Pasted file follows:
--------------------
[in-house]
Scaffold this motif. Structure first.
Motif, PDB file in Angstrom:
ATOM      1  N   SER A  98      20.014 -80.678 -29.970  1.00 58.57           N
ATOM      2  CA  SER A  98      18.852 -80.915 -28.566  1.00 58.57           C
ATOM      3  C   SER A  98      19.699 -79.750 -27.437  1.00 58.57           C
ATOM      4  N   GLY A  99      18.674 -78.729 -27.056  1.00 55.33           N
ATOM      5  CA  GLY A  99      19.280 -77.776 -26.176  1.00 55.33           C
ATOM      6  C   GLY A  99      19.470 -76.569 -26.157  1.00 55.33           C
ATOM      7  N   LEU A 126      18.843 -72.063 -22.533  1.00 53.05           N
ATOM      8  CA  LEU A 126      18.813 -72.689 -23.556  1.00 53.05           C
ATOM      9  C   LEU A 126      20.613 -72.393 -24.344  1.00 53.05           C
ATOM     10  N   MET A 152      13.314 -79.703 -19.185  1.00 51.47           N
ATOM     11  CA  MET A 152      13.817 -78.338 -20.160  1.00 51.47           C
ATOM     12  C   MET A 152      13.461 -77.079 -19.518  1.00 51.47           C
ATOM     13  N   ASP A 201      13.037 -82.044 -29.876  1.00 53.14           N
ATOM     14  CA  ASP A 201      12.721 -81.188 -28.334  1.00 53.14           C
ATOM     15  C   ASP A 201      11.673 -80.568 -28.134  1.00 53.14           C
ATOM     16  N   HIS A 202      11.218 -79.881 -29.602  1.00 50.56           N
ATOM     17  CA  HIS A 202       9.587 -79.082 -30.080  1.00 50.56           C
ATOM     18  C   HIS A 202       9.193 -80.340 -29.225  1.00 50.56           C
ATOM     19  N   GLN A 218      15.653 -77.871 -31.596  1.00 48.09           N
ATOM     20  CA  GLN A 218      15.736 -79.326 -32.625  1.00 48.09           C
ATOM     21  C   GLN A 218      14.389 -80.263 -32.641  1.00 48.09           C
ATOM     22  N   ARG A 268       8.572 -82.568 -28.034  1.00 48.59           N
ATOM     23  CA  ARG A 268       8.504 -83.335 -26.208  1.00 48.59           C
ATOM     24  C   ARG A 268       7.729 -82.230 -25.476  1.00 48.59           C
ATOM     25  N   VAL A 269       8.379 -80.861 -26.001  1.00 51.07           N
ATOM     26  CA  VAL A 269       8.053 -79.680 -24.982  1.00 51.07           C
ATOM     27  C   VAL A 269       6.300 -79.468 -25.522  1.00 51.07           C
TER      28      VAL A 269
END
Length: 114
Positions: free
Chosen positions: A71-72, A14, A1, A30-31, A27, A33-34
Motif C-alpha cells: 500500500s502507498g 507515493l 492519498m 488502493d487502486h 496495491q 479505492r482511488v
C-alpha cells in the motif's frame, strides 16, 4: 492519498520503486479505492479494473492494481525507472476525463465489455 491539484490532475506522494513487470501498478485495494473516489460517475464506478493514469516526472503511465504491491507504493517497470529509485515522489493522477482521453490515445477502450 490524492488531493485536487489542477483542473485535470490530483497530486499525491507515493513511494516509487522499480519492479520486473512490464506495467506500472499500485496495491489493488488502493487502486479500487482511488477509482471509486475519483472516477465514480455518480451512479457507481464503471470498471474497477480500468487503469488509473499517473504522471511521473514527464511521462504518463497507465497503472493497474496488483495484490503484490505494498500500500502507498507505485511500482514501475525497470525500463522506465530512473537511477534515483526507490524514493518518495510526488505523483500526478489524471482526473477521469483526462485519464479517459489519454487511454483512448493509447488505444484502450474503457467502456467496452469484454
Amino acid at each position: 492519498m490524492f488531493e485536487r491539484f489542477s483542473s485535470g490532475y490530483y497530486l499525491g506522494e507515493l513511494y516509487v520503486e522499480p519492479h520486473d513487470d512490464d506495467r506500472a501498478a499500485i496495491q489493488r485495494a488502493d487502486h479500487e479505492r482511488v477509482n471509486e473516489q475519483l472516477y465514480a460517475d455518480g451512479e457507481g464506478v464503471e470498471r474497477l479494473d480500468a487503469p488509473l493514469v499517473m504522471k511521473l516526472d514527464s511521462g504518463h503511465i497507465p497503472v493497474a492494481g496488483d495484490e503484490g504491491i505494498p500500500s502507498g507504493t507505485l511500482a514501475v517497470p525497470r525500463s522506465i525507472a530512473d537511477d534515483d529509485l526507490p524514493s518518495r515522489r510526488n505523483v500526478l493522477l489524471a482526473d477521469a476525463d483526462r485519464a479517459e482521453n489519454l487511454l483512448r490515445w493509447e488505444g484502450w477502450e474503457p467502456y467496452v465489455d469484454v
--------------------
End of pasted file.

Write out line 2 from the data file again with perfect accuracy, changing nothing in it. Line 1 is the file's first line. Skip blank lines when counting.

Scaffold this motif. Structure first.